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Rehabilitation of the historically mined Pit on Portion 15 of the farm Jagersfontein 14IS in the Fauresmith District of the Free State though backfilling with coarse and fine tailings from the Jagersfontein Tailings Operation





Development Type:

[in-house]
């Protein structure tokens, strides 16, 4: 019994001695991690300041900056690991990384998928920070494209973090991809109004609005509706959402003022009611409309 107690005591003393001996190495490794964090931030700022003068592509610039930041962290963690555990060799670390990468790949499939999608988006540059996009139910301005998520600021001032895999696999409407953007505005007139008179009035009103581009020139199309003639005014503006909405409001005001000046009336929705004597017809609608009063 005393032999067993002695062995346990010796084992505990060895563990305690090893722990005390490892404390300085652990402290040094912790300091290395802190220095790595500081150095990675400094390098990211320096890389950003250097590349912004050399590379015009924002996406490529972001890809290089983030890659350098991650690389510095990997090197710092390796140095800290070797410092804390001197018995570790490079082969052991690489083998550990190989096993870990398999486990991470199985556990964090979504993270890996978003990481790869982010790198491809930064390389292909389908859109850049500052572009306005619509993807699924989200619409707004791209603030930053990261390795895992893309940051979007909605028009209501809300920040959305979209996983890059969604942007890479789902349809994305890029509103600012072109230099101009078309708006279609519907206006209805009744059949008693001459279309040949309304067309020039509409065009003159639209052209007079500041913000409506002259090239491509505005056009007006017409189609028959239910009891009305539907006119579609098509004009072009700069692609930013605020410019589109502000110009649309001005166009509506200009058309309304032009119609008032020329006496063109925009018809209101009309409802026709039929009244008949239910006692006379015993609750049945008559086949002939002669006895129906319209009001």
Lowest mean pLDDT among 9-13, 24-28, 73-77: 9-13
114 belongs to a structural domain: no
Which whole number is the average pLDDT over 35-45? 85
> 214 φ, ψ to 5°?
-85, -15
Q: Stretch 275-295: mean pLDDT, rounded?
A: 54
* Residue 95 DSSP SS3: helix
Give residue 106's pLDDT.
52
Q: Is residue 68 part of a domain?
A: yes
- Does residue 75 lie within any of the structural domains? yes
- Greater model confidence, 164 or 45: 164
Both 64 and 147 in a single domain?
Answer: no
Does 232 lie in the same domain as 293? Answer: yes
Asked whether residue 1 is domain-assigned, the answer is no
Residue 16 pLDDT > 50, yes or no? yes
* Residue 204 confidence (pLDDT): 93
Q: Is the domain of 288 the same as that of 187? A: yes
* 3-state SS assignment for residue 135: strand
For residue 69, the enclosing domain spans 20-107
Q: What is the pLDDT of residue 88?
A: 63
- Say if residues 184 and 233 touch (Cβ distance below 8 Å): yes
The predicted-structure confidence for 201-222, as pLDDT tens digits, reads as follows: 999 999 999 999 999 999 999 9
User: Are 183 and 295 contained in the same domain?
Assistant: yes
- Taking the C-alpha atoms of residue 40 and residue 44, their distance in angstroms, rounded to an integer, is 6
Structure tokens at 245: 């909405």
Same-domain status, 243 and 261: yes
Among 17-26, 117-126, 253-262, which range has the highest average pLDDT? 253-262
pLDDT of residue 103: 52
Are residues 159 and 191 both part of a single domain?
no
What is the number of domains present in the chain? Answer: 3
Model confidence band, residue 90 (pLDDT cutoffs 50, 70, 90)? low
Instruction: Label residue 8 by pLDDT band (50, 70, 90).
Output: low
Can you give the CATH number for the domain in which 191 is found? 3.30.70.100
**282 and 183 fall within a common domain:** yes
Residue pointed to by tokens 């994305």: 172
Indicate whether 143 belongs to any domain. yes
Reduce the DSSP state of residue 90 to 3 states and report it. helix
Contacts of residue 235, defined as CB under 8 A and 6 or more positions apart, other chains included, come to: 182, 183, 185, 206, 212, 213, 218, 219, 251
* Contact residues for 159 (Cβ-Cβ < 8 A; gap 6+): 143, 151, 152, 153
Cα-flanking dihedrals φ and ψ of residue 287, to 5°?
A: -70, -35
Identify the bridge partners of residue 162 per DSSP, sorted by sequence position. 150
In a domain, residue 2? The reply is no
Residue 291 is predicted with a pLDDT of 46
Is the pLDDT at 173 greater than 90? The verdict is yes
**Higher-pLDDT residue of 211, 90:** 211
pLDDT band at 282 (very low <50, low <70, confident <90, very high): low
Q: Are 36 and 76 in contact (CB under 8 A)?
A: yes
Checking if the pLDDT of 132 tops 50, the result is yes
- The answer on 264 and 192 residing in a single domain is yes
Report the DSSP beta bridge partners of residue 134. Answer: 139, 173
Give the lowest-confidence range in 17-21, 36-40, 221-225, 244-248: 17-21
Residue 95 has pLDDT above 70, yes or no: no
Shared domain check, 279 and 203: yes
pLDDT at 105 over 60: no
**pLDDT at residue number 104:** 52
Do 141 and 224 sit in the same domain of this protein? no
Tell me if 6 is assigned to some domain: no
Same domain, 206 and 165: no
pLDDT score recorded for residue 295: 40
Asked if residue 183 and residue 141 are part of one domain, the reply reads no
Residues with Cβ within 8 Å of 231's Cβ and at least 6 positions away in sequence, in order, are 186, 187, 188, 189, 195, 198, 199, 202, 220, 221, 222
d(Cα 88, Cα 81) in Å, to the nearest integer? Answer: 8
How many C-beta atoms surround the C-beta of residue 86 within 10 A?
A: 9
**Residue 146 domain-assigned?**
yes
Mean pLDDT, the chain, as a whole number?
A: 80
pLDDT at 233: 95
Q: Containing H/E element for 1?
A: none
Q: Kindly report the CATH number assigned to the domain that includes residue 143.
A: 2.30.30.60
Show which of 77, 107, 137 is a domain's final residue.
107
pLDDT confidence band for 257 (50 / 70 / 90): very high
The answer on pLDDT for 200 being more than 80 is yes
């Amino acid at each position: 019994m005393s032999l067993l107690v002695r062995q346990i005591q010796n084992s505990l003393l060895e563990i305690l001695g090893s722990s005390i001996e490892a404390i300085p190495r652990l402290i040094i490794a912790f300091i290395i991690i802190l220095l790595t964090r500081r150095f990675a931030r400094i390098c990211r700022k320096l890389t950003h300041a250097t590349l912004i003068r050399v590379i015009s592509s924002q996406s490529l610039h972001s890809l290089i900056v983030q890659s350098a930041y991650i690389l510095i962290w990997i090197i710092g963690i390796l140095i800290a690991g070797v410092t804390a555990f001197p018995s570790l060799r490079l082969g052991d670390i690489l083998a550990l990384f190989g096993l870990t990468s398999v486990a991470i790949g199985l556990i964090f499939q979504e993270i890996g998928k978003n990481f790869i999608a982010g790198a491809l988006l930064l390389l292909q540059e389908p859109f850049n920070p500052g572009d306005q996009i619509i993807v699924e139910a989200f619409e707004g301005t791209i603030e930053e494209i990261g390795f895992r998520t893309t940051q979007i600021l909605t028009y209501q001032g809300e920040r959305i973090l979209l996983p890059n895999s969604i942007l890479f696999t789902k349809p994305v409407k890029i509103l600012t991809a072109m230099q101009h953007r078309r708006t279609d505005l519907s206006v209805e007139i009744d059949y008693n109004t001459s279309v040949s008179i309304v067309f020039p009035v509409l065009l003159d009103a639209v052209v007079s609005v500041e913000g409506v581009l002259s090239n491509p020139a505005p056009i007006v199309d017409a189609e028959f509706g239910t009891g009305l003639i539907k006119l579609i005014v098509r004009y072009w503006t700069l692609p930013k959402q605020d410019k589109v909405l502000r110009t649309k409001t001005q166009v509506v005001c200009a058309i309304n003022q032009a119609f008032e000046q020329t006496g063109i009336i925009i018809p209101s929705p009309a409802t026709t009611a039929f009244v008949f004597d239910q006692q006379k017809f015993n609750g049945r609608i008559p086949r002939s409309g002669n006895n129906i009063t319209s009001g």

Rehabilitation of the historically mined Pit on Portion 15 of the farm Jagersfontein 14IS in the Fauresmith District of the Free State though backfilling with coarse and fine tailings from the Jagersfontein Tailings Operation